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In a less subversive way, the text of Lolita displaces its original conception, The Enchanter. Whilst the two novels cover similar premises (namely a focus on the manipulation by a middle-aged man to enact his sexual frustrations on a young girl), there is still enough disparity between them to consider them as two separate pieces of work. Perhaps the most prominent difference would be that The Enchanter is narrated in third-person whilst Lolita is through the eyes of the perpetrator, Humbert Humbert. This suggests that while manipulation and enchanting was something of prime importance for both texts, Nabokov wished to involve the reader within this enchantment rather than merely show how enchanting can happen through the interaction of characters within a novel. Thus, the beginning of Lolita, The Enchanter, was displaced by its subsequent text not merely through slight character and plot changes, but also by its form. As such, it is clear that a text can not only displace its original inspiration but that it can also displace its original conception.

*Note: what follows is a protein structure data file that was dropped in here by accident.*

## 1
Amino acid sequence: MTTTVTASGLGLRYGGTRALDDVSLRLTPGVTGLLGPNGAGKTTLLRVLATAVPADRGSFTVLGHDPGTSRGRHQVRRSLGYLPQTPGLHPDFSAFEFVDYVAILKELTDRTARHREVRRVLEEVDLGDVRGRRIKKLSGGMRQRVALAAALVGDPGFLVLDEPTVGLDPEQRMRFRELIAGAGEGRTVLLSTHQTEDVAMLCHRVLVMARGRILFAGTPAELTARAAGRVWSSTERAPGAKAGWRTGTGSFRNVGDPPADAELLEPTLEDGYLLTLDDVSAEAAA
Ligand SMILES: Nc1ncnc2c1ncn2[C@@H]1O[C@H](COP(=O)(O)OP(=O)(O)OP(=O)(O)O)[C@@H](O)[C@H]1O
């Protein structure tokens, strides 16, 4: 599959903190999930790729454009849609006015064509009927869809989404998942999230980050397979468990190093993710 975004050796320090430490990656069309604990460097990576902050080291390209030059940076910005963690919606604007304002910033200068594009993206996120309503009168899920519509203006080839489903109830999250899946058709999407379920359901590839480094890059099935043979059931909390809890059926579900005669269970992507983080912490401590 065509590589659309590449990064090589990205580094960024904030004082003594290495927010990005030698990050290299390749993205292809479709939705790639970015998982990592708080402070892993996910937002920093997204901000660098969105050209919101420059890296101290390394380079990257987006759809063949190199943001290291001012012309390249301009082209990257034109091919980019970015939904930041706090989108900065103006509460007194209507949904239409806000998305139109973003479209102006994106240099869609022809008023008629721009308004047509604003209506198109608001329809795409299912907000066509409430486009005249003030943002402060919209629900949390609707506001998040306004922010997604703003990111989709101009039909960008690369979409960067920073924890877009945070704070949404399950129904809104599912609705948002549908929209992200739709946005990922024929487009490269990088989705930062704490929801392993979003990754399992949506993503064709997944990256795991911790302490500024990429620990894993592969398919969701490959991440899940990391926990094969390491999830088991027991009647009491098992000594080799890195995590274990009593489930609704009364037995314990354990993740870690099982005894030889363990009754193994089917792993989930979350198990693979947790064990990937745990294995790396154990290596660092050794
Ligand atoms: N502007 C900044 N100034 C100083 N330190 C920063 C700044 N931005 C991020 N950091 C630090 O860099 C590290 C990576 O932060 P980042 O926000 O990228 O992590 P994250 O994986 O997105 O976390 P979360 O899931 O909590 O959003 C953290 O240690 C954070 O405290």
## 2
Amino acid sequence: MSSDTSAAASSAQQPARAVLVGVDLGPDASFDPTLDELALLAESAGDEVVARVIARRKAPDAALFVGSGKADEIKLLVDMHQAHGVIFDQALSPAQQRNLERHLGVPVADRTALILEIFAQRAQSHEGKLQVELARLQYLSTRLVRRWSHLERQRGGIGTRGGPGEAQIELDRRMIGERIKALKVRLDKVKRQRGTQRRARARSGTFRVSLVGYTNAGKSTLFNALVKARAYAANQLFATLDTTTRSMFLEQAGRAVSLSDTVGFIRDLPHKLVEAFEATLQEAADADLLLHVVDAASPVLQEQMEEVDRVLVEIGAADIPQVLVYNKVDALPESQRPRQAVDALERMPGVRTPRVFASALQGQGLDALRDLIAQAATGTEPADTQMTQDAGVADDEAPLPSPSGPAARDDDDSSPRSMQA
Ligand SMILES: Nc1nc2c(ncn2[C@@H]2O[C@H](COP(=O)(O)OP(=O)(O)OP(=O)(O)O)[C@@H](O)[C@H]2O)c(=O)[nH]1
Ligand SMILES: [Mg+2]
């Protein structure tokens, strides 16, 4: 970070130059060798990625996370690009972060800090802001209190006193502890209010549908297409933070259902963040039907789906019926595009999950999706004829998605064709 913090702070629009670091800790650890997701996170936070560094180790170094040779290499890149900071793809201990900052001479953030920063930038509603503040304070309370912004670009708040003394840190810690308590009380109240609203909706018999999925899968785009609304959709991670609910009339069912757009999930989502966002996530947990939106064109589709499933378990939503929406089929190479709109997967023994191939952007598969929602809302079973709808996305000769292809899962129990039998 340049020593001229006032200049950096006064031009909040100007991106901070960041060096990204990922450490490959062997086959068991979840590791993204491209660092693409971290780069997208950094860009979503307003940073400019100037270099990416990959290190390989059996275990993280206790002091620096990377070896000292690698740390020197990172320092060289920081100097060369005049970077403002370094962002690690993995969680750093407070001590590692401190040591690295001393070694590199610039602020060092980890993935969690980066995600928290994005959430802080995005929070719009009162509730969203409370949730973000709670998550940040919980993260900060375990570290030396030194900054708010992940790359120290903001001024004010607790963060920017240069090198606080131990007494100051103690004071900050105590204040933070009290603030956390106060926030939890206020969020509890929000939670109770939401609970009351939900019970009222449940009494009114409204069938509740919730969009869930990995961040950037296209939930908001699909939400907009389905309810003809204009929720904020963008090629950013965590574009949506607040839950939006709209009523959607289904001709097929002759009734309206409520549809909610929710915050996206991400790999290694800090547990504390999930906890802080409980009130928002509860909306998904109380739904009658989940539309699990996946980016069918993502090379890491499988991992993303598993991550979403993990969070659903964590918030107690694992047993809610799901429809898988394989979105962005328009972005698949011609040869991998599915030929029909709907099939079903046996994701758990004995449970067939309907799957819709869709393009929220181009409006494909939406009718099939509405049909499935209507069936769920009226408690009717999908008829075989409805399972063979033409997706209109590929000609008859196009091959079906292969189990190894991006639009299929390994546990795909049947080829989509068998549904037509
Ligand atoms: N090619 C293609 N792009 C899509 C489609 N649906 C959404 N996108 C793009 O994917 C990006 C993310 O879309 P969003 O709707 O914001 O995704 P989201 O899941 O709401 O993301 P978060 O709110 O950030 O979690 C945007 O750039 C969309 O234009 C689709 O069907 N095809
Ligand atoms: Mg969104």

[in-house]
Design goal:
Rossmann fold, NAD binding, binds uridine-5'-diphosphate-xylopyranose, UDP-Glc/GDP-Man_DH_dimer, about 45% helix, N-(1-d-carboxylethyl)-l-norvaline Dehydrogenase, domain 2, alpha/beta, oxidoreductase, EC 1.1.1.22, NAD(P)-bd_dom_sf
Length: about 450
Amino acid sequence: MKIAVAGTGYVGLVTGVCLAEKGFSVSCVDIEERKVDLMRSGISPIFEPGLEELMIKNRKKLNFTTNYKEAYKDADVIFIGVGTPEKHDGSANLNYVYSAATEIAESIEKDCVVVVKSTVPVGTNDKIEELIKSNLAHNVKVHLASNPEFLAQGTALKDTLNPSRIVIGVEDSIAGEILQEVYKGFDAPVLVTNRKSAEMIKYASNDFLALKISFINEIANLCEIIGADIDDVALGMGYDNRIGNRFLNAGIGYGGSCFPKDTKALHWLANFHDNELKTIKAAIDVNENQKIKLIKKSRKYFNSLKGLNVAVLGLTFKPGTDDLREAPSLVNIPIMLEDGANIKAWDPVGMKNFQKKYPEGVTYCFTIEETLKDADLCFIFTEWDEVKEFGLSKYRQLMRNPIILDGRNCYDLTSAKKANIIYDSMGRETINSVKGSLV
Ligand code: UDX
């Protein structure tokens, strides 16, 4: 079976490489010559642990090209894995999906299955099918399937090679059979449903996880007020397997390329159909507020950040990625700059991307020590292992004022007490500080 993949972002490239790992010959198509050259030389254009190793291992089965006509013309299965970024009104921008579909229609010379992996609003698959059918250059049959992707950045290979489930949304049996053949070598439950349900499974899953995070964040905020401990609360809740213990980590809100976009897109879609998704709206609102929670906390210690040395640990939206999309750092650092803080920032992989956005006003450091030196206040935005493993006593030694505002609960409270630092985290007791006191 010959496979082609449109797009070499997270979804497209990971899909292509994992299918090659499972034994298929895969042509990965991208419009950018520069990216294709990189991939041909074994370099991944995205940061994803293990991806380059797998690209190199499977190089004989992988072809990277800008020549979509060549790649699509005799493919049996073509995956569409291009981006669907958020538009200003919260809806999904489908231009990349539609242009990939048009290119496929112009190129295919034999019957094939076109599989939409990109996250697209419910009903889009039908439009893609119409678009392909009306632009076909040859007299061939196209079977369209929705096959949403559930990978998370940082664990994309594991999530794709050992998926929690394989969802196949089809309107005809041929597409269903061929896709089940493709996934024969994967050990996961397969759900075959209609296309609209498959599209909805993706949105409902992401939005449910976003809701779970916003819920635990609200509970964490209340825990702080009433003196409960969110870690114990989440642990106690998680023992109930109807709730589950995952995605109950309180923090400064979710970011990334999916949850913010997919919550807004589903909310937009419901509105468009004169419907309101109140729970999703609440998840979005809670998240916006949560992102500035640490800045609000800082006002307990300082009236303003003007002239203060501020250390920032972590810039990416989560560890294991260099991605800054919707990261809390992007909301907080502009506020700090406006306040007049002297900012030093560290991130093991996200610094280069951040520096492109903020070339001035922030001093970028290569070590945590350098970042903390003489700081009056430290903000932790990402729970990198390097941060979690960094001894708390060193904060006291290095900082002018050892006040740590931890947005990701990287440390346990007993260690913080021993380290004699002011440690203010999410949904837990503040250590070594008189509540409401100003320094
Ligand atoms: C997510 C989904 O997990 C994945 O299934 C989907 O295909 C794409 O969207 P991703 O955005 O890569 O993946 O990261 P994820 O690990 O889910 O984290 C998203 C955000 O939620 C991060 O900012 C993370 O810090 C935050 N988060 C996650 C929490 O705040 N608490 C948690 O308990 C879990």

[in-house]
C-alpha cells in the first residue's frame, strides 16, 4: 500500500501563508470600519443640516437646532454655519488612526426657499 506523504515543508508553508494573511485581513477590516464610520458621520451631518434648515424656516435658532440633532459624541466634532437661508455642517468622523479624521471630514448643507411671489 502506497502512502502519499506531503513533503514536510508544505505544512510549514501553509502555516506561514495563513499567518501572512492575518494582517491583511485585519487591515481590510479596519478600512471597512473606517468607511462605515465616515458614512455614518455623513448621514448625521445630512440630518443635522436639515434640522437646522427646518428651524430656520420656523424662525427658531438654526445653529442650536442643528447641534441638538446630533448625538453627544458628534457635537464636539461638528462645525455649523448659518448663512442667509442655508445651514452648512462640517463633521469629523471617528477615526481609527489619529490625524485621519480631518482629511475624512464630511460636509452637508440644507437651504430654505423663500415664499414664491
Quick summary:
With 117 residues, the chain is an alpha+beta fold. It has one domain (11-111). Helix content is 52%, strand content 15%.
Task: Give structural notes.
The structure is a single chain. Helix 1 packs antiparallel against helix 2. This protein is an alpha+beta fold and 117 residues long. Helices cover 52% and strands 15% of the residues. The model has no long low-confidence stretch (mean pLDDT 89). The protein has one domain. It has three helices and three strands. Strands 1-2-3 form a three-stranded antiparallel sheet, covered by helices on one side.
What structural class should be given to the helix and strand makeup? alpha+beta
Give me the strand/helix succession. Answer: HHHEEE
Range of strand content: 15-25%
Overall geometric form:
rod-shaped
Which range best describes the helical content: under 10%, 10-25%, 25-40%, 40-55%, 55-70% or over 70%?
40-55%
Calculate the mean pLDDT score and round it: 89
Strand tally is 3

To conclude, it is evident that beginnings to text are both various and, at times, illusory. In terms of the beginning being the first word of a text, Nabokov exposes how this notion is tenuous by offering us a flawed frame before the actual body of the text, thus forcing us to challenge our preconceptions before truly starting the ‘beginning’ of the text. If we are to view beginnings as being the inspiration for the text, the ‘first little throb’ (311), then it can be seen that Nabokov again parodies this by offering not only a contrast to it within his novel but also by offering us a deceitful type of inspiration. Lastly, if beginnings are to be seen as the work’s earliest conception then it can be said that every text that has gone through the process of editing or involving various versions (in short, almost every text) has had its beginning displaced.
Image Credits: newbeginnings.org.uk